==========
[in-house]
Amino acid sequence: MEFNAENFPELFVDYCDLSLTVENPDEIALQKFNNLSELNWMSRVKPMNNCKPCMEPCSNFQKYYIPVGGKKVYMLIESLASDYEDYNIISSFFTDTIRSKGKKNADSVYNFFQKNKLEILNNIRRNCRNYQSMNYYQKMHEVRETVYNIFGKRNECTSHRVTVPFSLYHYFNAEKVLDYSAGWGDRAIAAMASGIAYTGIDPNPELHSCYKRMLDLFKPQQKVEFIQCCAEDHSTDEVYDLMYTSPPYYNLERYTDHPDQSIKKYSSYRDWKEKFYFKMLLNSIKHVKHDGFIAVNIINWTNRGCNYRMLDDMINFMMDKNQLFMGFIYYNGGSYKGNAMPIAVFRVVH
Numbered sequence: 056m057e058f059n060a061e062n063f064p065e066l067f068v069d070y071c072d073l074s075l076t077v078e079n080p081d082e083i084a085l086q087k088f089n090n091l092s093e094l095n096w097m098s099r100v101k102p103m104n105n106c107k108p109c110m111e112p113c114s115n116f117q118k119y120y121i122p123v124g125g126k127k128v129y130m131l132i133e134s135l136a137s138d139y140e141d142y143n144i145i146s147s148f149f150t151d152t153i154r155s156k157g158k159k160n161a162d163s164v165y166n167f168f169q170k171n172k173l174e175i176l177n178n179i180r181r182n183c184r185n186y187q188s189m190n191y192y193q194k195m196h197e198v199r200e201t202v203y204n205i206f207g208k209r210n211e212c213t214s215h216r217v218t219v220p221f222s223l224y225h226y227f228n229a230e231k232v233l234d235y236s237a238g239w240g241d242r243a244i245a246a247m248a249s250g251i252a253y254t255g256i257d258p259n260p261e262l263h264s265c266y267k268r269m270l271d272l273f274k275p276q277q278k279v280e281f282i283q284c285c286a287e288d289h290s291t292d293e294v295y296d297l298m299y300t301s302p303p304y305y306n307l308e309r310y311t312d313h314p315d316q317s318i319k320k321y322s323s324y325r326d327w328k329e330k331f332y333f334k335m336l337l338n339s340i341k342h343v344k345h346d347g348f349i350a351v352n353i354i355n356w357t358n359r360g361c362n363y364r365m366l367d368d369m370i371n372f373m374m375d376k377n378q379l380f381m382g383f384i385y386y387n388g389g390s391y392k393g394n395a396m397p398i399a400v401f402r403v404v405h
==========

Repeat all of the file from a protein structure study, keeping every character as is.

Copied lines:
[in-house]
Amino acid sequence: MEFNAENFPELFVDYCDLSLTVENPDEIALQKFNNLSELNWMSRVKPMNNCKPCMEPCSNFQKYYIPVGGKKVYMLIESLASDYEDYNIISSFFTDTIRSKGKKNADSVYNFFQKNKLEILNNIRRNCRNYQSMNYYQKMHEVRETVYNIFGKRNECTSHRVTVPFSLYHYFNAEKVLDYSAGWGDRAIAAMASGIAYTGIDPNPELHSCYKRMLDLFKPQQKVEFIQCCAEDHSTDEVYDLMYTSPPYYNLERYTDHPDQSIKKYSSYRDWKEKFYFKMLLNSIKHVKHDGFIAVNIINWTNRGCNYRMLDDMINFMMDKNQLFMGFIYYNGGSYKGNAMPIAVFRVVH
Numbered sequence: 056m057e058f059n060a061e062n063f064p065e066l067f068v069d070y071c072d073l074s075l076t077v078e079n080p081d082e083i084a085l086q087k088f089n090n091l092s093e094l095n096w097m098s099r100v101k102p103m104n105n106c107k108p109c110m111e112p113c114s115n116f117q118k119y120y121i122p123v124g125g126k127k128v129y130m131l132i133e134s135l136a137s138d139y140e141d142y143n144i145i146s147s148f149f150t151d152t153i154r155s156k157g158k159k160n161a162d163s164v165y166n167f168f169q170k171n172k173l174e175i176l177n178n179i180r181r182n183c184r185n186y187q188s189m190n191y192y193q194k195m196h197e198v199r200e201t202v203y204n205i206f207g208k209r210n211e212c213t214s215h216r217v218t219v220p221f222s223l224y225h226y227f228n229a230e231k232v233l234d235y236s237a238g239w240g241d242r243a244i245a246a247m248a249s250g251i252a253y254t255g256i257d258p259n260p261e262l263h264s265c266y267k268r269m270l271d272l273f274k275p276q277q278k279v280e281f282i283q284c285c286a287e288d289h290s291t292d293e294v295y296d297l298m299y300t301s302p303p304y305y306n307l308e309r310y311t312d313h314p315d316q317s318i319k320k321y322s323s324y325r326d327w328k329e330k331f332y333f334k335m336l337l338n339s340i341k342h343v344k345h346d347g348f349i350a351v352n353i354i355n356w357t358n359r360g361c362n363y364r365m366l367d368d369m370i371n372f373m374m375d376k377n378q379l380f381m382g383f384i385y386y387n388g389g390s391y392k393g394n395a396m397p398i399a400v401f402r403v404v405h